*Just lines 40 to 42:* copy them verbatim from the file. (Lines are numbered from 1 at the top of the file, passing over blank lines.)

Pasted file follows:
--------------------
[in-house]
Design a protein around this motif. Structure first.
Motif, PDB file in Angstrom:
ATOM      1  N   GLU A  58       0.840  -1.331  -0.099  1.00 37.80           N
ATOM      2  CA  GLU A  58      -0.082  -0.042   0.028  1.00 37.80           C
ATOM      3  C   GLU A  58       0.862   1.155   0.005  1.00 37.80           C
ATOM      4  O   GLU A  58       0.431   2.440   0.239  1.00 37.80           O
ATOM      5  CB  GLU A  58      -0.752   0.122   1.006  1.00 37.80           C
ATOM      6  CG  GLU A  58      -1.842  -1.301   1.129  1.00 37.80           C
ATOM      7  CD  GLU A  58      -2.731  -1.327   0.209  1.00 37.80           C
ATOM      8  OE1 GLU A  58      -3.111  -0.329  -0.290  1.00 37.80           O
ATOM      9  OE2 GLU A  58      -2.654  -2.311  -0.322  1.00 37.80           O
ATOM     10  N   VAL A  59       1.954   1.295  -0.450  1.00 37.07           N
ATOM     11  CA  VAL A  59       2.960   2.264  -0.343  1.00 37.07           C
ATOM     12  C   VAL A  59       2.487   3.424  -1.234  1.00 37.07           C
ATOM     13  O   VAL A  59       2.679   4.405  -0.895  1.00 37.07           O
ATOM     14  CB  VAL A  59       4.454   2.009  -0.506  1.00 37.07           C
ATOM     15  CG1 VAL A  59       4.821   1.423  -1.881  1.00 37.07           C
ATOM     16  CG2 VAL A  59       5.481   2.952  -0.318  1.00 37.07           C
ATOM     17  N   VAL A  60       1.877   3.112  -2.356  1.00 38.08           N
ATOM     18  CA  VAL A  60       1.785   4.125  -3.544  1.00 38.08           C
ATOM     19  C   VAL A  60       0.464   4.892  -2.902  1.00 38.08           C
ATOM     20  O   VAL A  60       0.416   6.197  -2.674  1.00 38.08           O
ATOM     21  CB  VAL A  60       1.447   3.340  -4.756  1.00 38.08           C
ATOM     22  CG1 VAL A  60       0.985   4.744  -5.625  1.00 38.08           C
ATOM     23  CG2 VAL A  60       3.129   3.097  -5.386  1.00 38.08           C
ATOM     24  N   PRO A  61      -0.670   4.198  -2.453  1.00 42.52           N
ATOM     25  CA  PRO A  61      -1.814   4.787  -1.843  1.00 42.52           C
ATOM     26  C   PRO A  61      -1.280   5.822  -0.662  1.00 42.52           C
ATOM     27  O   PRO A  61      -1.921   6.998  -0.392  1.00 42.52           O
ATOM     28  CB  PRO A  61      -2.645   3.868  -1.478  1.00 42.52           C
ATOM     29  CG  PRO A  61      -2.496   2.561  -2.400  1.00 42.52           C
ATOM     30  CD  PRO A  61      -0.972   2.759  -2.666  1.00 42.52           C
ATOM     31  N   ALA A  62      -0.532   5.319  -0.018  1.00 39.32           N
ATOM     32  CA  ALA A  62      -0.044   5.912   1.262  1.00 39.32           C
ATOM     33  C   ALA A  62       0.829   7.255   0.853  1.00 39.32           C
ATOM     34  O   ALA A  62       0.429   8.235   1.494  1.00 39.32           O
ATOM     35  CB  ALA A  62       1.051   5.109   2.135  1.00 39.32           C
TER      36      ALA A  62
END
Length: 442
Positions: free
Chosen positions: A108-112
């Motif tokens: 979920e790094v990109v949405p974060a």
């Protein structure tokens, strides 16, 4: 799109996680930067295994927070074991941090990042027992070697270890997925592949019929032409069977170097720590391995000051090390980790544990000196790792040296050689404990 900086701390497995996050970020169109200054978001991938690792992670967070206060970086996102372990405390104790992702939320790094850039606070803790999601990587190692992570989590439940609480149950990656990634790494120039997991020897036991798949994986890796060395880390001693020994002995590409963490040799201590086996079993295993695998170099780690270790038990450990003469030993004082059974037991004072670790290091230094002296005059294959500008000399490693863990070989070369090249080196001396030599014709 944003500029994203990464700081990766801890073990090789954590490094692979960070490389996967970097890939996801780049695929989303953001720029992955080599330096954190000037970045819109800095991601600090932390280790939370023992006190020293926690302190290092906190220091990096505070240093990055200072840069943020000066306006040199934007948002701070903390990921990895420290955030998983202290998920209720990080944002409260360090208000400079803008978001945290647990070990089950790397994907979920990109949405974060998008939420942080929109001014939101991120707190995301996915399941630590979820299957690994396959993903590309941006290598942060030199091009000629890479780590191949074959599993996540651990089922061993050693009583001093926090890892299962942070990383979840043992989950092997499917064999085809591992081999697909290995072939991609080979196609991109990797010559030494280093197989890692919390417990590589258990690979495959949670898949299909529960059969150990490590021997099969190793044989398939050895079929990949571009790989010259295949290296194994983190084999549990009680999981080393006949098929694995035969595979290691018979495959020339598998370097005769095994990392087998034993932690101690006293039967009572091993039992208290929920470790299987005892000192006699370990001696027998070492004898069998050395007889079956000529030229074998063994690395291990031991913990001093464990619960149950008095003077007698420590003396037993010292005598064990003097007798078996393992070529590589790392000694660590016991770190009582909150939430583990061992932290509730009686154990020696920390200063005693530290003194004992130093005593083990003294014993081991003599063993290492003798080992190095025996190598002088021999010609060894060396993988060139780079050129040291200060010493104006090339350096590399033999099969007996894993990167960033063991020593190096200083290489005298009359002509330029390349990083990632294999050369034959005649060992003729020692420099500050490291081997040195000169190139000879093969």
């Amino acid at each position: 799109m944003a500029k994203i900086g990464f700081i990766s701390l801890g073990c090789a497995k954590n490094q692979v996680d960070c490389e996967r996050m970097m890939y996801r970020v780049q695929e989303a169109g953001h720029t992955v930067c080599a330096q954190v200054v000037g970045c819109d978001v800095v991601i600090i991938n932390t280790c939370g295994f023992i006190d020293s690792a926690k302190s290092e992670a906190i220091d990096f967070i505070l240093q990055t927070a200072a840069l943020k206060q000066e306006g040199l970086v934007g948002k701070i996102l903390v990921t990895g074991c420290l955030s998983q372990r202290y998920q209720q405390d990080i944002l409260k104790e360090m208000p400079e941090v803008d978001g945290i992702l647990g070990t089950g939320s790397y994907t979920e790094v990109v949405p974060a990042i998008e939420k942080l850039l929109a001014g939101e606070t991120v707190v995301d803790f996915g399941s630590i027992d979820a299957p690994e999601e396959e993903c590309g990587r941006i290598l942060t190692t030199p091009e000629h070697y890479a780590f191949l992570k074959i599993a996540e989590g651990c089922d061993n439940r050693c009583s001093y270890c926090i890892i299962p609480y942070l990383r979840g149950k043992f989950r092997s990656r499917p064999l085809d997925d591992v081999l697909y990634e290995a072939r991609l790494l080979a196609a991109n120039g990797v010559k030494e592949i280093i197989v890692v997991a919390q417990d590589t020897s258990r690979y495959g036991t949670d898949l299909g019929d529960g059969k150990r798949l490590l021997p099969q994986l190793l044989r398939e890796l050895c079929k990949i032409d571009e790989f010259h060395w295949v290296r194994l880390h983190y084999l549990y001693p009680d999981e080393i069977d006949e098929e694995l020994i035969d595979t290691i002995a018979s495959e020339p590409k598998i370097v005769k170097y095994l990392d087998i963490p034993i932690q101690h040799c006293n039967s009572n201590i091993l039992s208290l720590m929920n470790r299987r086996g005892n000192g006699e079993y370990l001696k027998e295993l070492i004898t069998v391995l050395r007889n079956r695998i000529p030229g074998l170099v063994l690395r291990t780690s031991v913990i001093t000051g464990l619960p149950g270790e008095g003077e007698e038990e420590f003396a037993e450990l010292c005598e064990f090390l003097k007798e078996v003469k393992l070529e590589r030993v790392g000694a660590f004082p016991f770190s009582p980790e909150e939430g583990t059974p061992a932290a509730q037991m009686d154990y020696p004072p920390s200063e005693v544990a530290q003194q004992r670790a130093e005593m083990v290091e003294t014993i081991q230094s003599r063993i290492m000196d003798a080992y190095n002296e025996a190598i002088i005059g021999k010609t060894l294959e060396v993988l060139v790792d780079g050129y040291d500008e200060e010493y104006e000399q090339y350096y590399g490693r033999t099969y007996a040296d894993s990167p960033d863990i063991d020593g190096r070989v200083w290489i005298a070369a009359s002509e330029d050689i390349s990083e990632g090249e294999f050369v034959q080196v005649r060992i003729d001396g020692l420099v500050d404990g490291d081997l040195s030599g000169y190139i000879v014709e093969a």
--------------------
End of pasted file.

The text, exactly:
END
Length: 442
Positions: free